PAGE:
This pandemic, and the responses of universities to it, are providing a fascinating on-going natural experiment for thinking through what higher education is/should be for. During the UCU strike in February and March this year, I was reading more than was healthy about plans in some quarters to turn universities into platforms through which students consume information, ‘teaching’, food, entertainment, accommodation, sport—in other words, everything. And how during such processes, universities can hoover up data about these students to enable ‘smarter’ responses to their needs—including for mental health interventions.
For some time, university leaders have been warned that EdTech is going to make them redundant, because students as ‘digital natives’ will opt for the customized, individualized, efficient (and cheaper) ‘learning’ the EdTech companies are offering. Generally, the proponents of digitization assume that the best (or only?) way for universities to take on this challenge is to compete with the EdTech companies at their own game—to give the customers what they want. And of course, the EdTech companies are only too happy to help with these processes of transforming the university; platformization involves various forms of public-private partnerships. Just like other big tech firms, EdTech companies will be big winners from the coronavirus fall out.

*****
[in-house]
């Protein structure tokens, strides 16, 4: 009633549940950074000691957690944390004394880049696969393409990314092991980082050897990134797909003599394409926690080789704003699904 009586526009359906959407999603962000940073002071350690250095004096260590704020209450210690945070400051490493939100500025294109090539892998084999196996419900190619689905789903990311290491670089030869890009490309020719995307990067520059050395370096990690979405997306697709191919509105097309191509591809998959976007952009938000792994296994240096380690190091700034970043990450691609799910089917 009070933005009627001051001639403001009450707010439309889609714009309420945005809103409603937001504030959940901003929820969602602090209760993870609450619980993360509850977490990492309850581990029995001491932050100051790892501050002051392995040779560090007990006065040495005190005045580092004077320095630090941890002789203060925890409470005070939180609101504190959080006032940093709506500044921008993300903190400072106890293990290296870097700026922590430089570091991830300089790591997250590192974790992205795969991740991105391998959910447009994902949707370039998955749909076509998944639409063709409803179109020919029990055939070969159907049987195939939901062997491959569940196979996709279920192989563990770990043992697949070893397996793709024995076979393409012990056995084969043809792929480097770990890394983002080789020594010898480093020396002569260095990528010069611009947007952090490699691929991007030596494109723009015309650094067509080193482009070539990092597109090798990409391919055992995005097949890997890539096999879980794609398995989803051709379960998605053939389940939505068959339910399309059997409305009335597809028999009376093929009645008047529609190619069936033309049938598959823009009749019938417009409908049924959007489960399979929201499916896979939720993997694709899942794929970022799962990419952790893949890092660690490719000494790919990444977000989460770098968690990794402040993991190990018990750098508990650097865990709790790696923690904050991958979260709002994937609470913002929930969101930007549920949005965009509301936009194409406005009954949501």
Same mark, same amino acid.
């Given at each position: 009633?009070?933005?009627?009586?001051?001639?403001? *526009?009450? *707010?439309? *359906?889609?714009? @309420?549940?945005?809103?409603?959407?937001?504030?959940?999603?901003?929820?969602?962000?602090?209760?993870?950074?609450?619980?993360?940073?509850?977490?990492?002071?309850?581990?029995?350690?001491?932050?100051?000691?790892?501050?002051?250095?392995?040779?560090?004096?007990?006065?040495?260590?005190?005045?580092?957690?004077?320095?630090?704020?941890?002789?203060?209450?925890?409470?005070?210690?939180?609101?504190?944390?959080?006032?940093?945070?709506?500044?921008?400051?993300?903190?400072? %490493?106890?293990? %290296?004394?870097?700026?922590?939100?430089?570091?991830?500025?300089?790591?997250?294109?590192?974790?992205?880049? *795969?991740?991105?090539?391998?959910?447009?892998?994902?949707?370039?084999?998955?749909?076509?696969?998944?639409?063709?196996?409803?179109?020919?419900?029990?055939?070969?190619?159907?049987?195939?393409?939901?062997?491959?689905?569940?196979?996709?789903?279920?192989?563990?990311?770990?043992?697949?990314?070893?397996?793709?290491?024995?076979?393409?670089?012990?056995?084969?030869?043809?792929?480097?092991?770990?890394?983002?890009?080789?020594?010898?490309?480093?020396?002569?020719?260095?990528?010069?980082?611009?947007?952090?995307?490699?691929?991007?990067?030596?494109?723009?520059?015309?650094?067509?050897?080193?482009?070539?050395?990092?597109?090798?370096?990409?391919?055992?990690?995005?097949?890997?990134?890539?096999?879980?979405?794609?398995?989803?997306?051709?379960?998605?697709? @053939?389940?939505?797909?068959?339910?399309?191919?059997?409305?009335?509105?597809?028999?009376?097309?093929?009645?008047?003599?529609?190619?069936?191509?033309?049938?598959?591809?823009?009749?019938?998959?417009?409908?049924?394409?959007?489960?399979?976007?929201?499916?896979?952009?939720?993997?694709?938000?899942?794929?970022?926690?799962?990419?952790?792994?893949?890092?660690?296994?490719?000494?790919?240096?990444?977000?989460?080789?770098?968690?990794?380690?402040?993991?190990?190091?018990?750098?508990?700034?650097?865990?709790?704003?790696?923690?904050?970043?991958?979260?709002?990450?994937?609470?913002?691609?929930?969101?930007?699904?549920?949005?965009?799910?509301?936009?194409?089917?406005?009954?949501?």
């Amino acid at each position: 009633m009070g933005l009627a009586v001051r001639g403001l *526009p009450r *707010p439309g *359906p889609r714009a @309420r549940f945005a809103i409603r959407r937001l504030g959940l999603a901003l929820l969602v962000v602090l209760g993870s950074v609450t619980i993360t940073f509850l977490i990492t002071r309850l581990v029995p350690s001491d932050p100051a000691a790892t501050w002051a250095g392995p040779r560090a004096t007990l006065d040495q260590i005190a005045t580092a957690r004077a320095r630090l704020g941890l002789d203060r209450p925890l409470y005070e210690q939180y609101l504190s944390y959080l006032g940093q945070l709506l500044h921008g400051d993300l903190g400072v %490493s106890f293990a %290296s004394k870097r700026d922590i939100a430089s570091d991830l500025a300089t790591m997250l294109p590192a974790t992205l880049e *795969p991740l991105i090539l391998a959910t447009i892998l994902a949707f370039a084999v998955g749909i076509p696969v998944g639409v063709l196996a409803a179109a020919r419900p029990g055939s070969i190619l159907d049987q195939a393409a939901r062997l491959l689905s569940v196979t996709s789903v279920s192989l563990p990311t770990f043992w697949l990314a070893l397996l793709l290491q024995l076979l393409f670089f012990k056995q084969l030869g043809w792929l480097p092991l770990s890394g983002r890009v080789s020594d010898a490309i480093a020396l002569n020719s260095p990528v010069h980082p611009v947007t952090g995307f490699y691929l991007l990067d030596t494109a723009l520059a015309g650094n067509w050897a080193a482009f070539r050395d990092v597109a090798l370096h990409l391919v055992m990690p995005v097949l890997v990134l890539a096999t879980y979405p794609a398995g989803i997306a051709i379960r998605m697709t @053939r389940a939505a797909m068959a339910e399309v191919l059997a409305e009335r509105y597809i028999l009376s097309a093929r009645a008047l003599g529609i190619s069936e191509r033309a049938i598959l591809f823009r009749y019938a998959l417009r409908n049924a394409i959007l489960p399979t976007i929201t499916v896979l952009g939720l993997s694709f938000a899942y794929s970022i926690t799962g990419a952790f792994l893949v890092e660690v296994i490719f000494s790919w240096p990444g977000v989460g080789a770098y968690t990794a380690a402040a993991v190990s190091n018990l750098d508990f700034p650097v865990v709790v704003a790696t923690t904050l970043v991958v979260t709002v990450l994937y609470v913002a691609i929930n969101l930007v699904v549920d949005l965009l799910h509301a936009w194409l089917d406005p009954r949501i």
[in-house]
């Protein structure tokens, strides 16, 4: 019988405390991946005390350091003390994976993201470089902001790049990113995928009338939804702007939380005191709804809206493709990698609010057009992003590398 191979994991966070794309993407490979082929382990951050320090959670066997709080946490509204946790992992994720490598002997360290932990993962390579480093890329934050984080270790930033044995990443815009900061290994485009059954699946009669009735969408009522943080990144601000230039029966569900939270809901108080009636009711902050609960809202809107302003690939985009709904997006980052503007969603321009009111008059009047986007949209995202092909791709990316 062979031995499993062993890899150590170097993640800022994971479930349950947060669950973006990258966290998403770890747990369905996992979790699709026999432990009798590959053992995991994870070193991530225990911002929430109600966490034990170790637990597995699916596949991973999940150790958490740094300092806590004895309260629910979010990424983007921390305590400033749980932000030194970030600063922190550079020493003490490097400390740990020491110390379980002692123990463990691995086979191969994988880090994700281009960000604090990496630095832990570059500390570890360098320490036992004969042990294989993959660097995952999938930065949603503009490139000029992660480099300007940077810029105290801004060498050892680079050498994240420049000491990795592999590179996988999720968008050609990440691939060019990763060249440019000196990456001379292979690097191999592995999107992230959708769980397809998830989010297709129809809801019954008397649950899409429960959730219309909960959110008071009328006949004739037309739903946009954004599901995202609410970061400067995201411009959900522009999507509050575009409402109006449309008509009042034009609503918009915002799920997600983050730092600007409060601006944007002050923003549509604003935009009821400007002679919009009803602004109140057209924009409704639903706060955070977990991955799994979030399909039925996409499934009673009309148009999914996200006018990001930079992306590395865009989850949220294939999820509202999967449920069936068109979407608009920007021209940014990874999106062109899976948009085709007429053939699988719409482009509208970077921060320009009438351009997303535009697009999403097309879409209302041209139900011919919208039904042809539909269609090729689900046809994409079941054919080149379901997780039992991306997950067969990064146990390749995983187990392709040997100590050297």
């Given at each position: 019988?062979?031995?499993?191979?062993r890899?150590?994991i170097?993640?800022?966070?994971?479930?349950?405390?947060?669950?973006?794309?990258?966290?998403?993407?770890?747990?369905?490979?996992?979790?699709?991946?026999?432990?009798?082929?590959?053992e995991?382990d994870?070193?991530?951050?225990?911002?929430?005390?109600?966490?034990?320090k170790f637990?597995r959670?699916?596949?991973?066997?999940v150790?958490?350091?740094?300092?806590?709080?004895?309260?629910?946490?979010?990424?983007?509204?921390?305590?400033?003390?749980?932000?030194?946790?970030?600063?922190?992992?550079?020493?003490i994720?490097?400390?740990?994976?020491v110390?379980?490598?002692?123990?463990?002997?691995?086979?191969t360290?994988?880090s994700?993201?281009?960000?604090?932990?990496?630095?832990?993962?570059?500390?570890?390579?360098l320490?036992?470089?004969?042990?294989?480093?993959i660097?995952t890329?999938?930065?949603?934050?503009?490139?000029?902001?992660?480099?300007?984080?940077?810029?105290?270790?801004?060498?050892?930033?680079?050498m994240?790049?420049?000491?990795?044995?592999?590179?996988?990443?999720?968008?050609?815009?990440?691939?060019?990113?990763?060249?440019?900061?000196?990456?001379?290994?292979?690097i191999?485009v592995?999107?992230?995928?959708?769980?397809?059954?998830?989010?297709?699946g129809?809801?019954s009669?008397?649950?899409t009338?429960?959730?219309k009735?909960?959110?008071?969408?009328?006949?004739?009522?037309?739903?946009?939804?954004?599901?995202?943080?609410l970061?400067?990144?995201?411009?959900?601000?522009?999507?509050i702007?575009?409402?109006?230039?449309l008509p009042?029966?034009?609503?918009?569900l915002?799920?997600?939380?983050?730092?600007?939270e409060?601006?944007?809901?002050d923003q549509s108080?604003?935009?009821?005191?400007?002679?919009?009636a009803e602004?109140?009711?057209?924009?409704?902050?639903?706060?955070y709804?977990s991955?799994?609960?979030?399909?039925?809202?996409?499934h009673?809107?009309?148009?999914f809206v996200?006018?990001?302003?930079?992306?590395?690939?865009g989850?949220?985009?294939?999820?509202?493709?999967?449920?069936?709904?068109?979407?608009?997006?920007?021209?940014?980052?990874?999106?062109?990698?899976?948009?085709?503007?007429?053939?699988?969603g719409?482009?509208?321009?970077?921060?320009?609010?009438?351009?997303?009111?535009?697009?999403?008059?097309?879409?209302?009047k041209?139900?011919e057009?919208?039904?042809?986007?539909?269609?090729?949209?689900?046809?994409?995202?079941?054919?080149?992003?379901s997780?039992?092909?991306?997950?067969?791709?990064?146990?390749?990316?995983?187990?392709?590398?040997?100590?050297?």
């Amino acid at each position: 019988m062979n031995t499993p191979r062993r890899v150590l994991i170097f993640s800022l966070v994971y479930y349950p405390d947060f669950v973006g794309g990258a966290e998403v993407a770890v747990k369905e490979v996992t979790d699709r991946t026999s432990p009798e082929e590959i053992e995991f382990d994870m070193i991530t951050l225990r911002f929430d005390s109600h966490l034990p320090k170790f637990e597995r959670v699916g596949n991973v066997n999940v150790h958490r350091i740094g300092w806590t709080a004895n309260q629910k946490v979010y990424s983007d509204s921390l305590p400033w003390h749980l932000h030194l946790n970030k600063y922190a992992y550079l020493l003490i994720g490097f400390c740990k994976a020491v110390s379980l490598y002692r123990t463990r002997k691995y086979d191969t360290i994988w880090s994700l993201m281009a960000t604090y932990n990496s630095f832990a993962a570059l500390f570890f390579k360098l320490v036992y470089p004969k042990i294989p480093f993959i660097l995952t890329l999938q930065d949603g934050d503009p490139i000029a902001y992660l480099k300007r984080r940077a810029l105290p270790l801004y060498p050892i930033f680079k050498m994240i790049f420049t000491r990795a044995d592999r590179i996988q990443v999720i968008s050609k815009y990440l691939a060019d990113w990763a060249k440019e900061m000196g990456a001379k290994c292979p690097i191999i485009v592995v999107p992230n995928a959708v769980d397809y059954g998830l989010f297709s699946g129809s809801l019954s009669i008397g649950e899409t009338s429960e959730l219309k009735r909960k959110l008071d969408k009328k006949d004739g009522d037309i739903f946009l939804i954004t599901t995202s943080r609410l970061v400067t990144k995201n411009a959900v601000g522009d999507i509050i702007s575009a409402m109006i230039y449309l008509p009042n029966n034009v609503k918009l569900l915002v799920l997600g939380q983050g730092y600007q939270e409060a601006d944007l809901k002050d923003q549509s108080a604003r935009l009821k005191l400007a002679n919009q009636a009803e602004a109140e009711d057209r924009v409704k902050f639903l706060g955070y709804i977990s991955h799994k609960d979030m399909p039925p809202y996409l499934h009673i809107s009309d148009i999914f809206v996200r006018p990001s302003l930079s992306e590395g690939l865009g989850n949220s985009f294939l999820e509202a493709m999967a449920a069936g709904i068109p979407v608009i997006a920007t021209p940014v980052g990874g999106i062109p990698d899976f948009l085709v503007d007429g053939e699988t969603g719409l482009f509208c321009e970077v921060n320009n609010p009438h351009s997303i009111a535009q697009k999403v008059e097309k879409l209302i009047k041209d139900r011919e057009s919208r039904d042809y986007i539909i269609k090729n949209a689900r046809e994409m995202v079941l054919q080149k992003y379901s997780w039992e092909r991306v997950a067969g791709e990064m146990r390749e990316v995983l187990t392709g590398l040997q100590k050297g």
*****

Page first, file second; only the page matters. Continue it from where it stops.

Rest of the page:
We don’t know yet how this experiment will play out, but it seems peculiar to me that university managers would be willing to accept the above ‘if you can’t beat them, join them’ premise. I’m completely convinced by Raewyn Connell’s arguments in her marvellous, witty and readable new book, The Good University: what universities actually do and why it’s time for radical change. She argues that knowledge production has to be cooperative, and that cooperation is built into the DNA of universities. Intellectual labour, she writes, is inherently collective and requires cooperation, not just among academics and students, but also with what she calls the ‘operations staff’ who enable the working of the university. The ‘banking model’ of education on which the EdTech vision sketched out above is based is obviously contrary to the idea of a knowledge commons where multiple ‘knowledge formations’ are constantly being constructed and transformed through collective efforts, processes that are fundamentally at odds with the university as business, which seeks to extract profit from such efforts.
I know my most inspiring times in the classroom have been those in which students and teachers are learning together, and the end points are not fixed. So, in the coming months, we’ll see. Watch this space.